Lumu Beerhouse & Filipino Kitchen
3/F Greenbelt 3, Ayala Avenue, Makati City
Open from 11 a.m. to 12 a.m. (Monday to Thursday) and 11 a.m. to 2 a.m. (Friday to Sunday)
(SPOT.ph) Before gastropubs became all the rage in the local food scene, there was the beerhouse. Ask your favorite tito and he might even regale you with some rowdy stories of his inuman sessions, and all the fun, sometimes bawdry conversations over buckets of ice-cold beer and saucy pulutan.
It’s those casual carefree times that Chef Luigi Muhlach wants to evoke at Lumu, which is named after him but can also be read as an abbreviation for “love you, miss you.” The interiors, done by Space Encounters and an in-house team, channel a typical Filipino beerhouse and the surrounding neighborhood. Walls are covered in posters, from vintage ads to movie posters featuring his parents Aga Muhlach and Janice de Belen. They even have a replica of a sari-sari storefront at the restaurant’s al-fresco area, if you want a street-side inuman experience.
“We wanted to play around with the beerhouse concept,” says Chef Luigi. “The beerhouse is the local version of the gastropub. At a gastropub, they pair their beers with burgers or fish and chips, so I started to think ‘ano bang masarap ibagay sa beer sa Pilipinas?' And my brain went to kambing, kilawin, singulaw. So that’s our approach.”
Hardcore Kambing Sampler
From the very start, Chef Luigi knew he had to put goat meat on the menu: “Yung mga tomador na mahilig talagang uminom, kambing ang pinupulutan,” he says. Chef Luigi scoured carinderias and kambingans for the best goat dishes he could find and narrowed these down to only the classics. He embraces the distinct gaminess of the protein, and if that doesn’t turn you off, the Hardcore Kambing Sampler (P499) is a must-try. An order will get you the Lumu Papaitan, with a subtle bitterness that is surprisingly enjoyable, the Ala Eh! Gotong Batangas with a bright sourness that balances out the gamey goat meat, and the Kilawin, which is all sorts of chewy, crunchy, sweet, sour, and spicy from a mix of crispy goat skin, vinegar, onions, garlic, calamansi, and chili.
Sizzling Chicken Dinakdakan
Chef Luigi also has a penchant for raising food to the next indulgent, almost heart attack-inducing level; a prime example is the Sizzling Chicken Dinakdakan (P199), much like sisig with chopped-up pork bits plus sliced chilis, calamansi juice, and peppercorns. Already rich, creamy, and lip-smackingly savory, Chef Luigi adds crispy fried chicken skin for added crunch and all-around tastiness.
Patty’s Sinuglaw (P199) looks like the lighter option, and it does seem so once the vibrant bowl arrives on your table. A bite in, however, and you realize this sinuglaw hides quite a flavor punch. It starts your palate off with fresh and clean flavors from chunks of raw tuna, then you get to the saltier fried chicken skin, the rich brininess of the crab fat, and bursts of heat from fresh chili. Still, that’s not the only surprise in store for you at Lumu.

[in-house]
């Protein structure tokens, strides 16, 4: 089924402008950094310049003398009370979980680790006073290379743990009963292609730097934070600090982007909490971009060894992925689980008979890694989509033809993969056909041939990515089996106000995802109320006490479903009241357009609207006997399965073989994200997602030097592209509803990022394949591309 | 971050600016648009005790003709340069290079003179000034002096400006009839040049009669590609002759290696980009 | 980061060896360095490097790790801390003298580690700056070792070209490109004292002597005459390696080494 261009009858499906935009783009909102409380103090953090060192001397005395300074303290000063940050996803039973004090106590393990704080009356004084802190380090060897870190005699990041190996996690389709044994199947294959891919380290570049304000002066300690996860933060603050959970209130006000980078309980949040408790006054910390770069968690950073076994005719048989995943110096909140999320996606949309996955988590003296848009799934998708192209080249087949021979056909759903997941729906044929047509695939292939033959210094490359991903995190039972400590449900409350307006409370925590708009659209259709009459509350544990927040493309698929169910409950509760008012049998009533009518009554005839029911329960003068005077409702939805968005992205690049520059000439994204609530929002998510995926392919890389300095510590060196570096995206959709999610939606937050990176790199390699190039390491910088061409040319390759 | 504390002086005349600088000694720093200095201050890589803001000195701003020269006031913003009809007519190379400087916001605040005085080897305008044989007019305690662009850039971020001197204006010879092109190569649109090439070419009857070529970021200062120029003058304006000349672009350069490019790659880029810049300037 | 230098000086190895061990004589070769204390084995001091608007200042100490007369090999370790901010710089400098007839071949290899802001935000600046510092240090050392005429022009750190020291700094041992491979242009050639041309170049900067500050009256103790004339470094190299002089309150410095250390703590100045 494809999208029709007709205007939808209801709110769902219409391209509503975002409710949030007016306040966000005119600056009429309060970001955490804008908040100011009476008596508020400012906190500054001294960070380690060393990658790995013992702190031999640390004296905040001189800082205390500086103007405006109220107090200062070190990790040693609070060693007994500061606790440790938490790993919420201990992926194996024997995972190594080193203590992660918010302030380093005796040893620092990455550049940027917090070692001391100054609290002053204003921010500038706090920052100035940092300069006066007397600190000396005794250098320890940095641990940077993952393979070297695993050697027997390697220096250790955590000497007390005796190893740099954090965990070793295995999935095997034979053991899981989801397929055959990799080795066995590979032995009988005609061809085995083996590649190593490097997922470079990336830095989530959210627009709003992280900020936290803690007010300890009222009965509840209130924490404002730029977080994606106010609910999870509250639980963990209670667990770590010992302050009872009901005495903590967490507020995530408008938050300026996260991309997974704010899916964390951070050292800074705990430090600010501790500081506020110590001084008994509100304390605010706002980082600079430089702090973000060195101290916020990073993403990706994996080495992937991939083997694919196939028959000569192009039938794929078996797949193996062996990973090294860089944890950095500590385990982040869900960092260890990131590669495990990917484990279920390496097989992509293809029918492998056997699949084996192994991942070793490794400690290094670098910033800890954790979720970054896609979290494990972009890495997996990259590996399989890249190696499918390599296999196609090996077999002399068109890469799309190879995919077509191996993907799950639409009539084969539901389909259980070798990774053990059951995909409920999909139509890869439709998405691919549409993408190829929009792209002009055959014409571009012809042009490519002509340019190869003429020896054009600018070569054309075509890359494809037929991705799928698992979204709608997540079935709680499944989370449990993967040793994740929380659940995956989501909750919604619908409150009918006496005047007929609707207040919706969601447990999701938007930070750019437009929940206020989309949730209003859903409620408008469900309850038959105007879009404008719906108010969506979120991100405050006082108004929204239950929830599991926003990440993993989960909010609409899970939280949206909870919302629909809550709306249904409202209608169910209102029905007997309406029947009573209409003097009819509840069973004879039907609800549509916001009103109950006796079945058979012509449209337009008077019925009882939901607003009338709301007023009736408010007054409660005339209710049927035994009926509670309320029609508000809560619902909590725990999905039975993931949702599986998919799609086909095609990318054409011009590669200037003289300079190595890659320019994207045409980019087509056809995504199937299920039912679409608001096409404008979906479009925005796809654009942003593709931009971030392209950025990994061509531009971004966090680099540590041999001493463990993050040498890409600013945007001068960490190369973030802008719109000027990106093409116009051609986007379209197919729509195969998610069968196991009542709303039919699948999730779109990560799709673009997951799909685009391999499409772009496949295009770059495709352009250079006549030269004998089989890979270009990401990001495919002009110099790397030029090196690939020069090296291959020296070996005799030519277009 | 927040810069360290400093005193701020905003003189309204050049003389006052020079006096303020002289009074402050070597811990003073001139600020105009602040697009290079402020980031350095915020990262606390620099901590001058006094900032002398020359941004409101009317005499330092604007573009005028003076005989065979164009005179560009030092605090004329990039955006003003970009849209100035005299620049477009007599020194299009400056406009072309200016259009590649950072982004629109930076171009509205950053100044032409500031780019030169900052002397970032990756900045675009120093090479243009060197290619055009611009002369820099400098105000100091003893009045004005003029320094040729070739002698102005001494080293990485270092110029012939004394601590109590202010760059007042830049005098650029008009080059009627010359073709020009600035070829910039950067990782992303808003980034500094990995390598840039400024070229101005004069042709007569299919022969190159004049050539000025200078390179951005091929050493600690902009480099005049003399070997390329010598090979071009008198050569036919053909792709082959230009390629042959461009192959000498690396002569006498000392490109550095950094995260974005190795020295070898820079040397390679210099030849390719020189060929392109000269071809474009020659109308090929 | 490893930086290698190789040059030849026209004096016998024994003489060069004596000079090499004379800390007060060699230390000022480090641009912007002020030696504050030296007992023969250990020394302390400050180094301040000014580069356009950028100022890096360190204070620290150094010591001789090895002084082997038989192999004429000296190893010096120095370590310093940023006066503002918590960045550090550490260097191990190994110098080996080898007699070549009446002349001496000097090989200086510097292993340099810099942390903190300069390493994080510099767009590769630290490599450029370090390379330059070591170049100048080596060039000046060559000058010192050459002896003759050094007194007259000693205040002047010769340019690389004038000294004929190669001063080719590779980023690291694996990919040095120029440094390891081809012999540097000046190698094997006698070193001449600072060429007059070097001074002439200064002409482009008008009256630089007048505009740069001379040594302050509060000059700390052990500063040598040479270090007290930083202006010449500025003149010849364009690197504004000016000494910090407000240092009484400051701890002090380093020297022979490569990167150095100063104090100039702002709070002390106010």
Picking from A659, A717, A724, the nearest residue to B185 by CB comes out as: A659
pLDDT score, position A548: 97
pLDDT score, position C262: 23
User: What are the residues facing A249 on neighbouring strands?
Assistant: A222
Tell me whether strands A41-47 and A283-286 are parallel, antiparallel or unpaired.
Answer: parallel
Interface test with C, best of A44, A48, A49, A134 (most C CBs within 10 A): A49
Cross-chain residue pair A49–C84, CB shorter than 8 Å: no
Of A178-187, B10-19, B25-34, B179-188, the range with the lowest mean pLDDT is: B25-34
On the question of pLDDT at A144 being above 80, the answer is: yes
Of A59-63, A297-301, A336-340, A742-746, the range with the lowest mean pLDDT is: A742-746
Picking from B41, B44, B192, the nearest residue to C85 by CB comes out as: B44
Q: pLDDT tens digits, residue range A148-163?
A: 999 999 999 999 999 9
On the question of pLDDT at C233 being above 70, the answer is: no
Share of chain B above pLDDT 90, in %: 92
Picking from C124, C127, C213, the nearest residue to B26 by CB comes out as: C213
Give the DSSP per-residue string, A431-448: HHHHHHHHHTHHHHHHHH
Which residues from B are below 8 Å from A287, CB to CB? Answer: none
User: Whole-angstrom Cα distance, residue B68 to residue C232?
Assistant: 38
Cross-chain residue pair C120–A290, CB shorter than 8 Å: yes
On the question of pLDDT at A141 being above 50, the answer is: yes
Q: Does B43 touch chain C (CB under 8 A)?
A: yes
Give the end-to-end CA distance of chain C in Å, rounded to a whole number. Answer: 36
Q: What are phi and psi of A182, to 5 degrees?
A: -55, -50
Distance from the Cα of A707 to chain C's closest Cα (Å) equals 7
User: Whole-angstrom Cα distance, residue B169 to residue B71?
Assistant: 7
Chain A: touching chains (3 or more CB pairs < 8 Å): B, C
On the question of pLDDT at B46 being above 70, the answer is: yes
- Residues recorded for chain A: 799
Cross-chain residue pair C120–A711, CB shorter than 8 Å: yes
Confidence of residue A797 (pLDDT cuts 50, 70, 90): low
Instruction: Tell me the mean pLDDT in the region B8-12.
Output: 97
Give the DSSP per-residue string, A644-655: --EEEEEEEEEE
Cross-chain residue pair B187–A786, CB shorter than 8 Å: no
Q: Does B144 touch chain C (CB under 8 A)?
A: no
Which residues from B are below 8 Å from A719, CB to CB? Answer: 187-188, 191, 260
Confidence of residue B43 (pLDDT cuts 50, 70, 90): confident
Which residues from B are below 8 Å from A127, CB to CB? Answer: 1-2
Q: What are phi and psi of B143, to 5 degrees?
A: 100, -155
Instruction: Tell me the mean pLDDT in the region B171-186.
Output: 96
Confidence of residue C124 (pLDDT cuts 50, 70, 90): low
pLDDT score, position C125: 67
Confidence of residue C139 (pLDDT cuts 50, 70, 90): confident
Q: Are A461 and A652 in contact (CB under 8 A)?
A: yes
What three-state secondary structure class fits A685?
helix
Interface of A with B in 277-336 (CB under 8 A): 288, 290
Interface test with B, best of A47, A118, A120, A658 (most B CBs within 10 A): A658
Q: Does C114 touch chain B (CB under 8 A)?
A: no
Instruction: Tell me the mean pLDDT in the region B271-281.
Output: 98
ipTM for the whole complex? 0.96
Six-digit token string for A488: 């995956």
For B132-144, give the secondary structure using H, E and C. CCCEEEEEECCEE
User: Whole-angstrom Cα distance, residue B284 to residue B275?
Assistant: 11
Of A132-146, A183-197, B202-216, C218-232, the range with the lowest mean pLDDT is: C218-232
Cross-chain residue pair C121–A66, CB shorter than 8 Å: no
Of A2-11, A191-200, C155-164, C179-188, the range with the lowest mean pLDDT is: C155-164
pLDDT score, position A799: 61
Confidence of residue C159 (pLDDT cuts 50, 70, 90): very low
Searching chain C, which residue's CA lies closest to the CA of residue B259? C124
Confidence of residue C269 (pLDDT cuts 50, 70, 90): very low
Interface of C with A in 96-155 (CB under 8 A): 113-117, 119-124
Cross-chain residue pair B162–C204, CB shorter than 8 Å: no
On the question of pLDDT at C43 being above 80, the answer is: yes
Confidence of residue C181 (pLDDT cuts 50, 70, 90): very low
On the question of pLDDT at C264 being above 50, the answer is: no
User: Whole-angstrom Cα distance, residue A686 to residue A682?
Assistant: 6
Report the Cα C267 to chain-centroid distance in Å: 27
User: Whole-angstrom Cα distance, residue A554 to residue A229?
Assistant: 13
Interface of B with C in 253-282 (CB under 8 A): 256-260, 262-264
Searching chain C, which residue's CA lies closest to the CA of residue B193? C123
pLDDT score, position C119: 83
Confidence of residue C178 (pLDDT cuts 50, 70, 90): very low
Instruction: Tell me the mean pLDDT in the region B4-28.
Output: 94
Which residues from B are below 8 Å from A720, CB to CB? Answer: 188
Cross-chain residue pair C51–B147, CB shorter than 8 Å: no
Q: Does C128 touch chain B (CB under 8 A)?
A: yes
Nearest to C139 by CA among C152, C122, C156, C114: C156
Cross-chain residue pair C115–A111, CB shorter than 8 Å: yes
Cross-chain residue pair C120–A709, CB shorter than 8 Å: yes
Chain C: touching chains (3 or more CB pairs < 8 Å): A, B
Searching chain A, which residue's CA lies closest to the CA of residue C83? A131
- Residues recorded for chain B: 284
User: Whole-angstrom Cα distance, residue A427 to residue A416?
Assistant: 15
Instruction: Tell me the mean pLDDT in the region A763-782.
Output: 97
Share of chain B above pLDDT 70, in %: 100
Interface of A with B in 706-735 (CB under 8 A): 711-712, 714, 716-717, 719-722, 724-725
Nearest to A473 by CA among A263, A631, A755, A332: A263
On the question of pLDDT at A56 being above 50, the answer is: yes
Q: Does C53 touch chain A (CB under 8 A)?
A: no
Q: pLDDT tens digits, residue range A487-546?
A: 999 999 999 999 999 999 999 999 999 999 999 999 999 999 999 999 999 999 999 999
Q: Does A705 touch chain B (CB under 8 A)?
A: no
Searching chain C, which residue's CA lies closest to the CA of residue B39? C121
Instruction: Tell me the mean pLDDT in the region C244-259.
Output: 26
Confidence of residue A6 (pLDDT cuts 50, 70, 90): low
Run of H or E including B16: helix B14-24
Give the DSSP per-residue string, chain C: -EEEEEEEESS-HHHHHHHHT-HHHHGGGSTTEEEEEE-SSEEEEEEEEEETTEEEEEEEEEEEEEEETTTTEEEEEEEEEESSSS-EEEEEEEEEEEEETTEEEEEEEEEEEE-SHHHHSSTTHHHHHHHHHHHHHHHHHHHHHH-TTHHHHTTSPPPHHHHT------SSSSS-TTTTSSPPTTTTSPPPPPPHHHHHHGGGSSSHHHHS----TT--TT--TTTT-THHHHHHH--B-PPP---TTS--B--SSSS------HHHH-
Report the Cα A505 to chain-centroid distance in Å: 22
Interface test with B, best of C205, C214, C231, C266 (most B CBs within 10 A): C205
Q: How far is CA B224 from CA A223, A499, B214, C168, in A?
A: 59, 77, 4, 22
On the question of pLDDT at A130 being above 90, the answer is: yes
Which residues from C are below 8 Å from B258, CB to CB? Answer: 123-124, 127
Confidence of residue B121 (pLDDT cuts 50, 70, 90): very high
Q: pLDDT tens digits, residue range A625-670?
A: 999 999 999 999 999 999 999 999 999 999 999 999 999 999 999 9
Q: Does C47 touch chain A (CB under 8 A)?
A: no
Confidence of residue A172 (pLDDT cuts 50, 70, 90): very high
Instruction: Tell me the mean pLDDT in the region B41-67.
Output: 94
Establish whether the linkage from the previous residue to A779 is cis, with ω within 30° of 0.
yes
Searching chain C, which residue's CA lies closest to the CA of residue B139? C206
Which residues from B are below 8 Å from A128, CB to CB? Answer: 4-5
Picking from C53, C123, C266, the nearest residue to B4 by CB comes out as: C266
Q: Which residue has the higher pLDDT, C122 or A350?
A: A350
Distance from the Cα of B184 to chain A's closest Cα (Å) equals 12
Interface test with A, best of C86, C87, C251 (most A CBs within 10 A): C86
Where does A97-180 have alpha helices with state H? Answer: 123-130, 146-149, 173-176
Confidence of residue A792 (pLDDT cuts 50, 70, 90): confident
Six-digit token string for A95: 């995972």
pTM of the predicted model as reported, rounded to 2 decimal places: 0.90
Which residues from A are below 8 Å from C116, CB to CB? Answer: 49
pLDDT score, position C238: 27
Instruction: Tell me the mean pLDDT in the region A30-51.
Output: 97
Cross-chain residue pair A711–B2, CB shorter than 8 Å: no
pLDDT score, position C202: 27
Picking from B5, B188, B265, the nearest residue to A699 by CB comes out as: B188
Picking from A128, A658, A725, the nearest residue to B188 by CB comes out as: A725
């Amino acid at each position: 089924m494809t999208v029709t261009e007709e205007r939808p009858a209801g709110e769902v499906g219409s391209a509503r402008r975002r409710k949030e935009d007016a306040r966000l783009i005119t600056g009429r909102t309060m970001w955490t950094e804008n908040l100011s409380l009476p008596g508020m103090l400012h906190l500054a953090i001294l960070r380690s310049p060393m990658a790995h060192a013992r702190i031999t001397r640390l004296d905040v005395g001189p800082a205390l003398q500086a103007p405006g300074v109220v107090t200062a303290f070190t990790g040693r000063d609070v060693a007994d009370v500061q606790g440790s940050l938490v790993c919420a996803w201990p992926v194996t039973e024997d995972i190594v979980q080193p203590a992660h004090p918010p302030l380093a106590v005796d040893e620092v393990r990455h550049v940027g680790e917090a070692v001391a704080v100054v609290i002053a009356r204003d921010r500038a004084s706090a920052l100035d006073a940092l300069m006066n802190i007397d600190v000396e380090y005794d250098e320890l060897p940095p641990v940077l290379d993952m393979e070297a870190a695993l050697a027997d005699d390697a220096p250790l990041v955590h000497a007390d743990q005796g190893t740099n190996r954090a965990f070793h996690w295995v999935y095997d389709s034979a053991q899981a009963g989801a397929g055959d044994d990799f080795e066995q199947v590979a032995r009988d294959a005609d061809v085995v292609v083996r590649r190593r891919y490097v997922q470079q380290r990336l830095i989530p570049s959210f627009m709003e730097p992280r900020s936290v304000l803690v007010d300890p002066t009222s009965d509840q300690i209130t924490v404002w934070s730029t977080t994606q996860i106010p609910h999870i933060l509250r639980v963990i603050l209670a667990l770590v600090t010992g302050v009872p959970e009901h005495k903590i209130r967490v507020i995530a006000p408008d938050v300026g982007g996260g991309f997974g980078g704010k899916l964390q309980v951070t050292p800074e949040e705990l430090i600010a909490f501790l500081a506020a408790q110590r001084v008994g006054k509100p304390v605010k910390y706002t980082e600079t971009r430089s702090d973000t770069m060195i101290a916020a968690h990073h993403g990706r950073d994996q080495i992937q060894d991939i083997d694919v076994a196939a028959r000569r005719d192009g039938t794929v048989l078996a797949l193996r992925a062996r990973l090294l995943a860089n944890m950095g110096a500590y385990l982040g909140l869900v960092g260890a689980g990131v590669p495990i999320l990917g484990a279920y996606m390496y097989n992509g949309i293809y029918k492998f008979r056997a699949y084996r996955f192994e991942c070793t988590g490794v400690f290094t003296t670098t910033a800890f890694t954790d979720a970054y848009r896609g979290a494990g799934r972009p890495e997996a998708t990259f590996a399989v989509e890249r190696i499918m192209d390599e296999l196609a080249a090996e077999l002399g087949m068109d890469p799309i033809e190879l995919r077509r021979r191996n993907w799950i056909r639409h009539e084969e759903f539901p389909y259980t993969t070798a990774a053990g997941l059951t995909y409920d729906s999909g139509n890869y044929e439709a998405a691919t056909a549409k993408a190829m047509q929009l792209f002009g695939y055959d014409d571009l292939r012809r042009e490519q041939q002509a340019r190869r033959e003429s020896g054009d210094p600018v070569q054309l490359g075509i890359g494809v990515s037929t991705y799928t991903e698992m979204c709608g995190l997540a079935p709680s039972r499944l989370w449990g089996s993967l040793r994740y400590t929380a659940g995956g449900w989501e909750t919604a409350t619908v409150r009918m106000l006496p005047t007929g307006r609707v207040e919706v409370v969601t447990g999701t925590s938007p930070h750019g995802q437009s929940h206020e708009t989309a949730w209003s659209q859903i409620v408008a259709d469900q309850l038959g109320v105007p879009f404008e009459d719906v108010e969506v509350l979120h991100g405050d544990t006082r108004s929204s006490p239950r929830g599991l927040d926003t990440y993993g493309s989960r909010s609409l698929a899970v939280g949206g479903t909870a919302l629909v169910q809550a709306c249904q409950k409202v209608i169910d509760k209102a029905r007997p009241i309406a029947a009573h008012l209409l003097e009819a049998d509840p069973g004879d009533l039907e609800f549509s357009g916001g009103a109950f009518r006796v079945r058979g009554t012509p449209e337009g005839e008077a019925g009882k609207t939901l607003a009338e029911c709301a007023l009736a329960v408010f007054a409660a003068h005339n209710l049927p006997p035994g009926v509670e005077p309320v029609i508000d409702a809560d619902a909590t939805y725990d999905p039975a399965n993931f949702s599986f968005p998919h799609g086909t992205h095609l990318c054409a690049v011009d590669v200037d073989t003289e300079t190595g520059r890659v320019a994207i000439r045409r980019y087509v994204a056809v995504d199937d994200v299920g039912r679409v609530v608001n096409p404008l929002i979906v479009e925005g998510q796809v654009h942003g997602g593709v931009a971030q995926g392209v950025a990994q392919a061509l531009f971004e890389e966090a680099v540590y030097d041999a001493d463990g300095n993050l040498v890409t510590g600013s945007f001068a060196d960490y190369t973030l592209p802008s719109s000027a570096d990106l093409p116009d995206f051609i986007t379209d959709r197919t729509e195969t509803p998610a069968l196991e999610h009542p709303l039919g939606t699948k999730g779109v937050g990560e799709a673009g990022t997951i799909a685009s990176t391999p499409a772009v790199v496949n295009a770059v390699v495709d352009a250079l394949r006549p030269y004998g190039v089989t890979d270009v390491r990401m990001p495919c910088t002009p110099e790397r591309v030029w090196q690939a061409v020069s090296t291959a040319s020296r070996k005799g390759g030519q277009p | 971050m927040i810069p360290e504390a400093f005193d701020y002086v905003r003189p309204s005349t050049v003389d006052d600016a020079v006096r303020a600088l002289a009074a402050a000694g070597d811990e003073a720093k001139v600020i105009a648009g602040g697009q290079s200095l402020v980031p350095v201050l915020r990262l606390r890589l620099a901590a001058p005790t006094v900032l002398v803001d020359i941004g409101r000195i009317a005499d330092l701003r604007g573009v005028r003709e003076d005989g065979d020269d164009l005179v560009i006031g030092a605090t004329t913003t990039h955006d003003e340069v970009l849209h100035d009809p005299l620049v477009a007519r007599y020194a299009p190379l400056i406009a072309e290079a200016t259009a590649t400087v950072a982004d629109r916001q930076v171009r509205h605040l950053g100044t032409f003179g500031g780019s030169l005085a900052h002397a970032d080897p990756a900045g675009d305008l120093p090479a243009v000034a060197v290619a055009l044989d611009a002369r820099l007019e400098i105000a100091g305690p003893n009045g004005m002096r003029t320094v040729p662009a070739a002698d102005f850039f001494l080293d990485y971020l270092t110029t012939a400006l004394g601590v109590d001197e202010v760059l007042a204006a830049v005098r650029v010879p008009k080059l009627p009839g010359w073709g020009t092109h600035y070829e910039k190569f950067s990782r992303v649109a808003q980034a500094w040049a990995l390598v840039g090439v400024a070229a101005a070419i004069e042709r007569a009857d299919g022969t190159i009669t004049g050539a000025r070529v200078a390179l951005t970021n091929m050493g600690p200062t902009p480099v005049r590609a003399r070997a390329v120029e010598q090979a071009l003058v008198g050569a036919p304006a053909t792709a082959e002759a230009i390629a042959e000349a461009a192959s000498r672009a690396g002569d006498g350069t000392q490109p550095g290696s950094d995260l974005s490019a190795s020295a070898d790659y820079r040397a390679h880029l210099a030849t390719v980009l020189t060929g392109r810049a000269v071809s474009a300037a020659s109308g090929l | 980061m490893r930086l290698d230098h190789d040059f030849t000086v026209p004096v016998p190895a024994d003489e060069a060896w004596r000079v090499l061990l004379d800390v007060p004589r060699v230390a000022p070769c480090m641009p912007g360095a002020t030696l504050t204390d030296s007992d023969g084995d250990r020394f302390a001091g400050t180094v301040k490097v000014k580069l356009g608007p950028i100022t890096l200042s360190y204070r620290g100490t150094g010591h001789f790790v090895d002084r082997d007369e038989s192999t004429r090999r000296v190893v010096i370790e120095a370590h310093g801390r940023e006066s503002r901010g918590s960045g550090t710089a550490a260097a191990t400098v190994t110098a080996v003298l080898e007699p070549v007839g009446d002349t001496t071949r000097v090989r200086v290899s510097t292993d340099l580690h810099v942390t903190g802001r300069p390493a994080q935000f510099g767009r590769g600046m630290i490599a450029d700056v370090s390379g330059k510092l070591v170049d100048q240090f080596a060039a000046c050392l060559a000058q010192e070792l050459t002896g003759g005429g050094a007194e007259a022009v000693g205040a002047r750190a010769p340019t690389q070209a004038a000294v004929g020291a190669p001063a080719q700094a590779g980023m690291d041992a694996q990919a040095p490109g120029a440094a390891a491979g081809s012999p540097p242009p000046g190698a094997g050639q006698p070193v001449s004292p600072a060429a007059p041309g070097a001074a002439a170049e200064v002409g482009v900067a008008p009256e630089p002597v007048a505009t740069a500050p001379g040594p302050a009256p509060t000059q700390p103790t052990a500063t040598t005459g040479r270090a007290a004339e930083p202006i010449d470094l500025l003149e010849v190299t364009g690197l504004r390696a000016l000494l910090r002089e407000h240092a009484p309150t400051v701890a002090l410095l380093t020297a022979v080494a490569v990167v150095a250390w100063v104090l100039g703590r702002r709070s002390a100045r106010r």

Chef Luigi whips up his own Mang Tomas-like sarsa for the Tomahawk Bagnet (P329), using pork liver
In a proudly Filipino beerhouse-restaurant, a platter of sausages may seem more like Western gastropub fare, but the Lumu A-Bangers Sampler (P499) will blow your mind in the best possible way. The Bicol Express sausage (or the Kupido) has a creamy coconut-y flavor, the Kansi has the distinct sour tang of the soup, the Walang Kamatayan sausage tastes so much like adobo you could probably fool someone—you catch our drift. The way Chef Luigi transforms classic Filipino viands into bangers almost seems like magic, but he shares that the technique is actually pretty straightforward: “We make them in-house, we ground the pork and pork fat, then we marinate the meat in the sauce of whatever ulam we’re making,” he shares. “For example, if it’s Bicol Express, we marinate the meat in Bicol Express sauce, if dinuguan, we use a dinuguan sauce.” Having the sausages available frozen is in the works, because you never know when the cravings for a Bicol Express sausage could hit.
Pichi Pichi Skillet
Lumu also offers refreshing drinks like the giant Sago't Gulaman Overload (P99), which you can get spiked...
...and the Mango Yakult (P85) with popping tapioca balls
Dessert may be the last thing on your mind when out drinking, but it’d be a shame to miss out on the Pichi Pichi Skillet (P225), which could be renamed comfort on a plate. Serving the cassava cake on a hot iron skillet ensures that it remains warm all throughout, while also bringing out its caramel-like notes. With a coconut cheese custard topping, this pichi pichi is melt-in-your mouth velvety, and somehow tastes like childhood, too. It may seem a strange choice for this beerhouse-restaurant, but beyond Chef Luigi’s unique little touches, Lumu is all about good ol’ fashioned Filipino grub though, yes, richer perhaps than what you’re familiar with. Pair these with beer—which you can get in Mucho (one-liter) bottles—and you’re all set for a fun night out, Cool Tito-style.
Photos by Marikit Singson